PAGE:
2009/10/22 Göran Krampe <goran@krampe.se>

Hi all!

Eliot Miranda wrote:
I need to at least hurry up and get the StackInterpreter released.

Which of course tickles me enough to ask again about your status? :)

The V1 JIT has been released to customers, and so is now our only VM, in use in the server and client components.  Performance is around 2.5x to 3x the old VM for real world use (number of clients that can connect to a server).  Certain macro benchmarks are in the 4x to 5x range.  We have been very busy and so the process of getting the VMs released has been put on the back burner.  I need to move them to the front of the stove :)

Let me indulge in some "braindumping" here about Squeak vs Android:

Android is coming on a broad front right now and I am interested in how Squeak can "fit" into that platform.

Unless you have been living under a rock (or working hard on a JIT we all want!) the mobile industry is heating up a LOT. Android is really impressive and is getting thrown on all sorts of interesting hardware, not only phones. I think that it really will be disruptive in a way that IPhone can never be since it is a "high end only" product from a single hardware company.

The Android SDK/dev stack is interesting, it is a Linux kernel etc, has the Dalvik VM which is a VM with its own bytecode set that is designed for phones and "runs Java". It does it by using a cross compiler from java .class files to so called "dex" files and then runs those. So it is not a "Java VM (tm)".

It is actually *register based* and I have peeked at its sources. It seems to have been written with a "brute force" approach by C-coders - nothing wrong in that of course.

Much is made of register-based vs stack-based bytecode designs.  IMO, it makes little difference to overall performance since there are straight-forward techniques for transfrming stack bytecode into register-based code.  e.g. the VisualWorks VM does this, and Ian Piumarta's thesis describes essentially the same technique.  For languages like Smalltalk with extremely high send frequencies there is little scope for caching results in registers.  The important thing is to have a register-based calling convention.

David Simmons' performance work also demonstrates that stack bytecodes arte no hinderance to performance.  He focusses much more on inline cacheing performance and allocation and reclamation speed (GC), and gets excellent speed.

First they wrote a simple interpreter core in a single C function. Then they split it up using macros etc in order to be able to implement each bytecode in assembler for each major CPU. The "old" C-only interpreter is still there and it basically is a "while (!) { FETCH; switch (bytecode) for-each-bytecode}"-loop. :)

There is no JIT. It is not fast. BUT... it is the VM on the Android and it comes with tons of libraries etc.

Now... there is also an NDK (Native SDK) that allows one to compile C to libraries (but not executables, not sure) that can in turn be used from java/Dalvik... humm...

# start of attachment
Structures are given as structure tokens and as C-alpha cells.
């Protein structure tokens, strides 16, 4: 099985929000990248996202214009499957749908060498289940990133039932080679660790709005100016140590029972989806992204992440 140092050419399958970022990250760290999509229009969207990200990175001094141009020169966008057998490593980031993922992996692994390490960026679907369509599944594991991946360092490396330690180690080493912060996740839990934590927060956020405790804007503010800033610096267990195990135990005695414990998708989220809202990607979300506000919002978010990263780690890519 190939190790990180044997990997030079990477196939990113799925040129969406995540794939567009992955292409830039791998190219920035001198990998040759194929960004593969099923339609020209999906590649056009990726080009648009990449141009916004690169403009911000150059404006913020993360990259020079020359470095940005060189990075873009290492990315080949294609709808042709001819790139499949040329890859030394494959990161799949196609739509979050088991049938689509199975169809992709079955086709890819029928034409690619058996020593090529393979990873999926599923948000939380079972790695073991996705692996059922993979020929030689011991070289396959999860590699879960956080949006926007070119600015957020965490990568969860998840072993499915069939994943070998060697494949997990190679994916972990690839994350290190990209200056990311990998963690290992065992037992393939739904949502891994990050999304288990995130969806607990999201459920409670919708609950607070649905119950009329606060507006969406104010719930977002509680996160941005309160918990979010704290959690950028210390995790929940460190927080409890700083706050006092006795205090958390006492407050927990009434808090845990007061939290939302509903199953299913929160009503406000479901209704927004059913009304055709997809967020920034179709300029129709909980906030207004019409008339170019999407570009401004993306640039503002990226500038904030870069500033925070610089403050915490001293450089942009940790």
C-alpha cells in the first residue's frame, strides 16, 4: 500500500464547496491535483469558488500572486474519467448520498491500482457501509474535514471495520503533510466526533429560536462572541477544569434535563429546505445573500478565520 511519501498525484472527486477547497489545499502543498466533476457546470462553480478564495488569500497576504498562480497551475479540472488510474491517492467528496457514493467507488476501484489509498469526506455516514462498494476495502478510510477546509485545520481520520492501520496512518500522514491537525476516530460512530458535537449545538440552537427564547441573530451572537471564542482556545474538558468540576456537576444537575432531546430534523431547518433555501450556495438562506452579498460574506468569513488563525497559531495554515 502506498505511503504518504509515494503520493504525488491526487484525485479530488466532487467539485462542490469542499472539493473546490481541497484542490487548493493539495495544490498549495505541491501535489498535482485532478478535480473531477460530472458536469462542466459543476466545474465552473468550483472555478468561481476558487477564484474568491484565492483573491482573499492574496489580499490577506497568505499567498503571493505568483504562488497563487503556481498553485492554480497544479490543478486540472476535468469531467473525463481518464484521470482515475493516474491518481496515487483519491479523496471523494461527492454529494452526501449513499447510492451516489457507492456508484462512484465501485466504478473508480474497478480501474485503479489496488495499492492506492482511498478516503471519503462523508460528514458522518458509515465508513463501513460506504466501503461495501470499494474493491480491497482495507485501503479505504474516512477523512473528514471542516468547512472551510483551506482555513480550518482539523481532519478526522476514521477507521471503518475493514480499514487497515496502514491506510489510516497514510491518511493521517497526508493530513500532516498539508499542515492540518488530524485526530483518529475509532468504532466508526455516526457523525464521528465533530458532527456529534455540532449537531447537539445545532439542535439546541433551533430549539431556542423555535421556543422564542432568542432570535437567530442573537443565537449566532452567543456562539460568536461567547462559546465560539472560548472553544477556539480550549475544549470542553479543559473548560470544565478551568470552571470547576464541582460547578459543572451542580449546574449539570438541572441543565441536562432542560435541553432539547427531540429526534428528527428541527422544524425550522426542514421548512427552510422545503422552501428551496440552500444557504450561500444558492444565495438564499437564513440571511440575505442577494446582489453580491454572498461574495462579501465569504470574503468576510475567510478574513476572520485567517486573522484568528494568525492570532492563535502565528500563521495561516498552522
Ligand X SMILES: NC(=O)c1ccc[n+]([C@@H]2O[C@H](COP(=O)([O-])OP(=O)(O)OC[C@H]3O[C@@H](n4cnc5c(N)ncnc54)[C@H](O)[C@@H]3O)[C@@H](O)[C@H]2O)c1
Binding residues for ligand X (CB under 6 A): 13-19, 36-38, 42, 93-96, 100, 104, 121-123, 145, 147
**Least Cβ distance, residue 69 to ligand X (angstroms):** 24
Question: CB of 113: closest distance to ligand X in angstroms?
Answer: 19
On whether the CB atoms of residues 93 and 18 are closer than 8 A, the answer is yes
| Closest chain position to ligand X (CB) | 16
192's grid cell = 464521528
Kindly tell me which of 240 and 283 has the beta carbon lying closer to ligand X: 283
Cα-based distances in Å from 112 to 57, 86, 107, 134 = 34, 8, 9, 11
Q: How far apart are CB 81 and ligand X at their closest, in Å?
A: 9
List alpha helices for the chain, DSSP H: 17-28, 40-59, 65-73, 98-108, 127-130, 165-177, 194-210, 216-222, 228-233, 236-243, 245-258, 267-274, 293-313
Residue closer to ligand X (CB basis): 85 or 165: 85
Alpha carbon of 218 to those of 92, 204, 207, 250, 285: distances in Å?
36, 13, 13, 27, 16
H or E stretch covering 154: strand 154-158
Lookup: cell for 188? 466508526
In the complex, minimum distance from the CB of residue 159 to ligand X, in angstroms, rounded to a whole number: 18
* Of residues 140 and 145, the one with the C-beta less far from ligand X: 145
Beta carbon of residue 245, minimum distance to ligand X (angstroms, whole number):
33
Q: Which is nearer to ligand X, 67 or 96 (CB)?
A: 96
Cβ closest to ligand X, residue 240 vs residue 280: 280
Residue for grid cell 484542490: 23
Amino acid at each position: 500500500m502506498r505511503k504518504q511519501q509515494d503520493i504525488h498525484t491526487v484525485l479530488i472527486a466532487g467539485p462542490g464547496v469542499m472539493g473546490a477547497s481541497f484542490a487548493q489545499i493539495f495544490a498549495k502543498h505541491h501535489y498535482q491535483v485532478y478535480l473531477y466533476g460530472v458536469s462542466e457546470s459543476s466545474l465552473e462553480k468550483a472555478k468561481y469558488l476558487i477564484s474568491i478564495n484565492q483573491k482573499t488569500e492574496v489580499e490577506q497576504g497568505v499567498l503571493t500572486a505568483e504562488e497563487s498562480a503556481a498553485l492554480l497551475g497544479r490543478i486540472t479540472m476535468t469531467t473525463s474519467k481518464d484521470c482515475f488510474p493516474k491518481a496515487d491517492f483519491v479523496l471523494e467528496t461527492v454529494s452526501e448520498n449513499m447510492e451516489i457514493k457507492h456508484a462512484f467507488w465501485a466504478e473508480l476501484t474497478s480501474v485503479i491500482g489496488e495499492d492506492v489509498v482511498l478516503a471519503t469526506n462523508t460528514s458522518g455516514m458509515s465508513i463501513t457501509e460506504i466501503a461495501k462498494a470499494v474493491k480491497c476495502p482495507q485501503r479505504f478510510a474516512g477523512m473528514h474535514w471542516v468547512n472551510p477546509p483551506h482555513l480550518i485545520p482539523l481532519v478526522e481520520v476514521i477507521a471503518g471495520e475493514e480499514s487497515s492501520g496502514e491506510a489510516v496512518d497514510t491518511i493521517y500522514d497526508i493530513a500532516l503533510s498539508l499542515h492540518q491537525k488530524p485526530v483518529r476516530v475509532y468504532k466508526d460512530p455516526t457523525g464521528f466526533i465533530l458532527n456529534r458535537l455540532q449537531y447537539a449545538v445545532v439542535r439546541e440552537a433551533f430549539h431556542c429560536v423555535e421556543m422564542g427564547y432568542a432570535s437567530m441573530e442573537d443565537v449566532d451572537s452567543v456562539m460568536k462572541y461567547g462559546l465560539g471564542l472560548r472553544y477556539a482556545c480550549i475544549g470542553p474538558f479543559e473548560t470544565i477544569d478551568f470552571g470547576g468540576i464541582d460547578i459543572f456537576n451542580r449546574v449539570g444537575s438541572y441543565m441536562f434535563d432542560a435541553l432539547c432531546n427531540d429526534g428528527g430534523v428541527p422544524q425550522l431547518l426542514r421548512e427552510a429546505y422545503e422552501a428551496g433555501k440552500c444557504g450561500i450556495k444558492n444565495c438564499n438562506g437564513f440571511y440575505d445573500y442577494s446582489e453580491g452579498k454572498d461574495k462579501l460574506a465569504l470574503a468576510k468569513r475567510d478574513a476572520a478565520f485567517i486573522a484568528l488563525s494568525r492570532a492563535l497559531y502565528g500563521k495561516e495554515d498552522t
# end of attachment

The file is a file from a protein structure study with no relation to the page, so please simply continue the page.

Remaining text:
But a JIT can live in a library.  Provided one can allocate executable memory (see my concluding question below).
So in order to be able to write anything remotely interesting for an Android one needs to go "through" Dalvik somehow.

My silly first "funny idea" was to somehow marry the Squeak VM with the Dalvik VM. Merge the sources and somehow make it possibly to "drive" the Dalvik interpreter by feeding it "dex" bytecodes from Squeak. Sure, this will only work on a "rooted phone" I presume, but anyway, would be cool.

If we could do that I guess one could open a VNC connection into the Squeak VM (if we can get Sockets to work) running inside the Android simulator/device and then using Squeak producing dex bytecodes one could perhaps dynamically "drive" Dalvik?

I am probably talking totally "out of my hat". Would be really interesting to hear thoughts from Eliot on all this.

Anyway, getting Squeak running on Android in any fashion would be awesomely interesting :) - it IS coming, all over.

The devil is in the details.  I'm pretty sure that Squeak would run horribly above Dalvik (sends, GC, tagged integers are all likely to suck on a VM not designed for Smalltalk).  But if Dalvik is not the entirte framework (you speak about libraries above) then running alongside is perhaps a possibility.  e.g. this is how David Simmons' S# runs within .net.

Sidenote: Getting Squeak to run on Maemo (Nokia's Linux based OS for n900 etc) and derivatives of Maemo is probably tons of less work (because it is not a java centric thing and has much more standard Linux stuff) - but tons of less interesting given the market...

regards, Göran

PS. This article + comments (by Dan Bernstein also, creator of Dalvik) is a bit interesting.

Is there no access other than through the VM?  One of the major pains with the iPhone is the lack of support for JITs.  The mmap function prevents granting execute access on the memory it allocates.  John McIntosh has suggested that Apple might be persuaded to provide a work-around for certain applications (i.e. the Cog JIT) but I think John is merely speculating optimistically (John, am I right or is there a real possibility here?).  It would be great if Android didn't present simular hurdles.